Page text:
The court below, in addition to finding that Congress had barred review, held that the Attorney General's actions under § 5 are not reviewable, because they are not "adjudicatory" and because objecting voters have an adequate remedy in their right to challenge the constitutionality of state laws to which the Attorney General has failed to object. The court also concluded that the possibility of bringing a constitutional action prevents voters from attaining the status of persons "adversely affected or aggrieved," 5 U.S.C. § 702, by the Attorney General's failure to object. 425 F.Supp. 331, 337-339.

I take the majority to have rejected these holdings, since the Court would not need to consider whether Congress had precluded review if it agreed with the District Court that appellants did not have standing or that the failure to object is not a reviewable agency action under the Administrative Procedure Act, 5 U.S.C. § 704. Since the majority rejects thee holdings, I merely note that, in my view, these alternative holdings of the District Court are patently erroneous.

[Footnote 2/3]

This explicit statutory preclusion was decisive in Briscoe v. Bell, ante p. 432 U. S. 404. The conclusion in that case that review is precluded when Congress says so obviously does not support the conclusion that review is also precluded when Congress has not said so.

[Footnote 2/4]

Under today's holding, of course, the Attorney General is now granted license to make the entirely "implausible" response of failing to enter an objection no matter how incomplete or inadequate the State's submission may be.

[Footnote 2/5]

Curiously, the Court never mentions this regulation. The portion of the regulation not quoted in text reads as follows:

"Section 5, in providing for submission to the Attorney General as an alternative to seeking a declaratory judgment from the U.S. District Court for the District of Columbia, imposes on the Attorney General what is essentially a judicial function. Therefore, the burden of proof on the submitting authority is the same in submitting changes to the Attorney General as it would be in submitting changes to the District Court for the District of Columbia. The Attorney General shall base his decision on a review of material presented by the submitting authority, relevant information provided by individuals or groups, and the results of any investigation conducted by the Department of Justice."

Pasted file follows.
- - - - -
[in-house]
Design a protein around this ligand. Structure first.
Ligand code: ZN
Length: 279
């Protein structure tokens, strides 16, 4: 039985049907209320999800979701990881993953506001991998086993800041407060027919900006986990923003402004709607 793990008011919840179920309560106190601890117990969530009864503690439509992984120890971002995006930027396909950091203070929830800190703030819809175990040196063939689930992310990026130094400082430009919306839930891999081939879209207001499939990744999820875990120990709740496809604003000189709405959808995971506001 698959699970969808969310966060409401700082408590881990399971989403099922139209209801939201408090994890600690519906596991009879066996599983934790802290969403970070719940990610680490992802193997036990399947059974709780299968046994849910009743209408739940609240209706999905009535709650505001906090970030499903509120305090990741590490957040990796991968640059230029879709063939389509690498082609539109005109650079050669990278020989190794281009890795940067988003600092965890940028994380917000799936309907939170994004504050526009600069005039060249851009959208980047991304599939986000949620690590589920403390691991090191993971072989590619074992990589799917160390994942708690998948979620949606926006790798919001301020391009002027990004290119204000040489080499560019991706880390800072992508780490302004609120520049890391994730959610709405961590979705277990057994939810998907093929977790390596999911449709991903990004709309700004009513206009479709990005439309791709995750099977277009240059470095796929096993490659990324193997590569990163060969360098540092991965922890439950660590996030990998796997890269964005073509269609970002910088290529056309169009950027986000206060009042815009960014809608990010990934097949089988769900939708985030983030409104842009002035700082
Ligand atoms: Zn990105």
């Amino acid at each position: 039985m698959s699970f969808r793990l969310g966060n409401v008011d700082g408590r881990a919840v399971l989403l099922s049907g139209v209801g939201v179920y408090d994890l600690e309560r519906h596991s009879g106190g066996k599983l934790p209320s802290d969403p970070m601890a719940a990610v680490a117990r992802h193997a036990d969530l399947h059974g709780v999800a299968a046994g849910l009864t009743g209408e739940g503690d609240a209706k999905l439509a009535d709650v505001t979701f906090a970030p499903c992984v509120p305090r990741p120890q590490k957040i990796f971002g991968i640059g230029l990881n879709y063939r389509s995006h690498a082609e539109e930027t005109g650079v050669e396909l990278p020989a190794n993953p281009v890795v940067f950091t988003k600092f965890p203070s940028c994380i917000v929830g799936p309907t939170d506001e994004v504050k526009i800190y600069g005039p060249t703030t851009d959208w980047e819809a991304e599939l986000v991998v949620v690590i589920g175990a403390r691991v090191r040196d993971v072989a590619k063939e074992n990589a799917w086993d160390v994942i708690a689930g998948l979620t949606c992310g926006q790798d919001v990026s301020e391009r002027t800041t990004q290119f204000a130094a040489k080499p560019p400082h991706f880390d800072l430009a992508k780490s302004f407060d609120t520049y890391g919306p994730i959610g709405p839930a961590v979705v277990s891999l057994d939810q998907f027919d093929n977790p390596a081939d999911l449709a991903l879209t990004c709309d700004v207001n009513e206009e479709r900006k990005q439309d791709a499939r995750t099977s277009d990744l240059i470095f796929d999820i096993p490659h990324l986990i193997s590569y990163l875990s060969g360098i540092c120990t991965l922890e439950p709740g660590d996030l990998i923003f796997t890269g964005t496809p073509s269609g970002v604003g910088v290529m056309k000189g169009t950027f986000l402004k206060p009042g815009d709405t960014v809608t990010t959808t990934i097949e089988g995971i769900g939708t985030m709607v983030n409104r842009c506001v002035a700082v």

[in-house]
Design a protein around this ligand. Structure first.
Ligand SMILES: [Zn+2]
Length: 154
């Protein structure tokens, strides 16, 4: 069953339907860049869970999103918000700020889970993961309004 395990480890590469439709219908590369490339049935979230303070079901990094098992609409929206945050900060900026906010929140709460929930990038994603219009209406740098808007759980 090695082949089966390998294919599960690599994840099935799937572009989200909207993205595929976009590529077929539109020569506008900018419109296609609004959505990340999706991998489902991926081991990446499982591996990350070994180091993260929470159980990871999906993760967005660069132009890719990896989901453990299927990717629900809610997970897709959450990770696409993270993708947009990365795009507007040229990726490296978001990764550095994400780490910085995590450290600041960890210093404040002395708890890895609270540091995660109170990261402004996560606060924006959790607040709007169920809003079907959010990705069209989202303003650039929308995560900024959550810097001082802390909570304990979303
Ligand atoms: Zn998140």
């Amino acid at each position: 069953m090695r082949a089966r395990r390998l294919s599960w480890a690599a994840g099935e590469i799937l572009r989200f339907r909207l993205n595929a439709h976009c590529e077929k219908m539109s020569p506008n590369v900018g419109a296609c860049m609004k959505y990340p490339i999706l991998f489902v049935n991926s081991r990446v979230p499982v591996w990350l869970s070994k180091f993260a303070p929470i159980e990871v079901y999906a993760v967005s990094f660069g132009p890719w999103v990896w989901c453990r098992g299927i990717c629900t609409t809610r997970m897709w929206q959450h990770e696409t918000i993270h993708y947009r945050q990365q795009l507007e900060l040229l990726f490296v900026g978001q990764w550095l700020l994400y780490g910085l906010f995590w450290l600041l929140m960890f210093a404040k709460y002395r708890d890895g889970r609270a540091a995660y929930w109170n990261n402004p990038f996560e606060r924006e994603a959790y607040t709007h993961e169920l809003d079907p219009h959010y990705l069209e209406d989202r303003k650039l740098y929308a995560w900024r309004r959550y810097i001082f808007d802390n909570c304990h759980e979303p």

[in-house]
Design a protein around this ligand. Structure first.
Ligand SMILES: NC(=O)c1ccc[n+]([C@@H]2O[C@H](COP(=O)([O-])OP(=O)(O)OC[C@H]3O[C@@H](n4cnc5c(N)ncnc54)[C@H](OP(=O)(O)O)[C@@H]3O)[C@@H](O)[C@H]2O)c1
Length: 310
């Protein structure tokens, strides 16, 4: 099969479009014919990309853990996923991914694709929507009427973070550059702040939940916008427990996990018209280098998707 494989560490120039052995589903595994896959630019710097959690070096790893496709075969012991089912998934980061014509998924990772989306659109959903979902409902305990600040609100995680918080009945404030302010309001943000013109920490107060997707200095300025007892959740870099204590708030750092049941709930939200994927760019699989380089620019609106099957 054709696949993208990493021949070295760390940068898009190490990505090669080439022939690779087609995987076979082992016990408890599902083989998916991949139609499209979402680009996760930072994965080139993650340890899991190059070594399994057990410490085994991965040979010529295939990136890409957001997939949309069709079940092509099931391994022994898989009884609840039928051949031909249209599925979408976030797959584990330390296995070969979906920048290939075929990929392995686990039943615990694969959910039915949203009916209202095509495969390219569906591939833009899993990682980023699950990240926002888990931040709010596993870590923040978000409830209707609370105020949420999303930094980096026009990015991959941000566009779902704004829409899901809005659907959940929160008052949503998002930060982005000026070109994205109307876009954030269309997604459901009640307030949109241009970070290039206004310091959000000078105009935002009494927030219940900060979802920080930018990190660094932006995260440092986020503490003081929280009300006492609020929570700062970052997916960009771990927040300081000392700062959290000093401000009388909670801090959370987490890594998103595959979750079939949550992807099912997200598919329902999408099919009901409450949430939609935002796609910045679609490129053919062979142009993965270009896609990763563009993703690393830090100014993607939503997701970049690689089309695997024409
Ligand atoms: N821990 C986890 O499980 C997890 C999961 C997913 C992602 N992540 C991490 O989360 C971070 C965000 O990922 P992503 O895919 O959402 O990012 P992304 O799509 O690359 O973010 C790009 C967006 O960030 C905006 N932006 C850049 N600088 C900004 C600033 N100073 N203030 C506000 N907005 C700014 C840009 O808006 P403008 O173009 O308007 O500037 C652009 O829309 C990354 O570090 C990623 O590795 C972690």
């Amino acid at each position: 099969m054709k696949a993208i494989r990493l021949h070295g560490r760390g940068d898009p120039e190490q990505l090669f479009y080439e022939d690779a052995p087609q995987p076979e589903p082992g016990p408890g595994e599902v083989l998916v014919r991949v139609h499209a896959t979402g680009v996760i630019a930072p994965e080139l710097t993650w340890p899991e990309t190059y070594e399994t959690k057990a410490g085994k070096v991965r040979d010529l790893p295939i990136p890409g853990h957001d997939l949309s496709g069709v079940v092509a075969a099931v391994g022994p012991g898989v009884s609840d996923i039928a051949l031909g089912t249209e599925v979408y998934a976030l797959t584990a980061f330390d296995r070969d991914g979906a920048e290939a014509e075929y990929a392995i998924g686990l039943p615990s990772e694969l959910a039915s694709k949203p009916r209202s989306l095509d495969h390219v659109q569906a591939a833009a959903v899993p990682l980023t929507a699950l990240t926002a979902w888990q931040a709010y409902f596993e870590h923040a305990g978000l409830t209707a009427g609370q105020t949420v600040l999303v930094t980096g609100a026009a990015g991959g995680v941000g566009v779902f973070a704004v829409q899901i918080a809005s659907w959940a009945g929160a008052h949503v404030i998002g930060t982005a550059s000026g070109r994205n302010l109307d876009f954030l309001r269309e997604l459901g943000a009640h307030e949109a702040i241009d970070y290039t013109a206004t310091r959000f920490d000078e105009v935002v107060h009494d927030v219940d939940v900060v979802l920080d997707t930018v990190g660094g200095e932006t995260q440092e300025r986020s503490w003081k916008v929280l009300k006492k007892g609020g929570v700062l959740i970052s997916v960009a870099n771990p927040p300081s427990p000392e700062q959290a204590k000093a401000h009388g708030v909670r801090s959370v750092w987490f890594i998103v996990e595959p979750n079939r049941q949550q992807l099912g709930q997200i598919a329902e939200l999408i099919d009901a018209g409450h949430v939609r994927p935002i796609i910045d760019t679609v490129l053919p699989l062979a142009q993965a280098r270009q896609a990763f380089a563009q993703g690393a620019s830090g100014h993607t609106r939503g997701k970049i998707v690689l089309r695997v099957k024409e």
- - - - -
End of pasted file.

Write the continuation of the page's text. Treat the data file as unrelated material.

[Footnote 2/6]

As the majority notes, the Attorney General objected to Act 932 because of the combination of multimember districts, numbered posts, and a majority runoff requirement. Ante at 432 U. S. 495, and n. 4. The same objectionable features are contained in the senate reapportionment plan of Act 1205. The Attorney General did not object to that plan solely because he felt "constrained to defer" to the holding in Twiggs v. West, Civ. No. 71-1106 (SC, Apr. 7, 1972), that the aspects of the reapportionment plan to which he had objected did not establish a violation of the Fifteenth Amendment because they were not racially motivated. Ante at 432 U. S. 496-497. That the Attorney General nevertheless maintained his belief that these features are inconsistent with the Voting Rights Act is shown by his simultaneous action in objecting to their extension to all other multimember districts in the State. App. 47. The Attorney General felt himself free to enter that objection because the Twiggs court had approved only the legislation relating to the Senate. See also App. to Brief for Appellants 4a (memorandum submitted by Attorney General to court in Harper v. Kleindienst, 362 F.Supp. 742 (DC 1973), reiterating that Act 1205 would be objectionable but for the holding in Twiggs v. West, supra); App. 51 (letter from Assistant Attorney General indicating that on behalf of the Attorney General he would have objected to Act 1205 but for the decision in Twiggs).

[Footnote 2/7]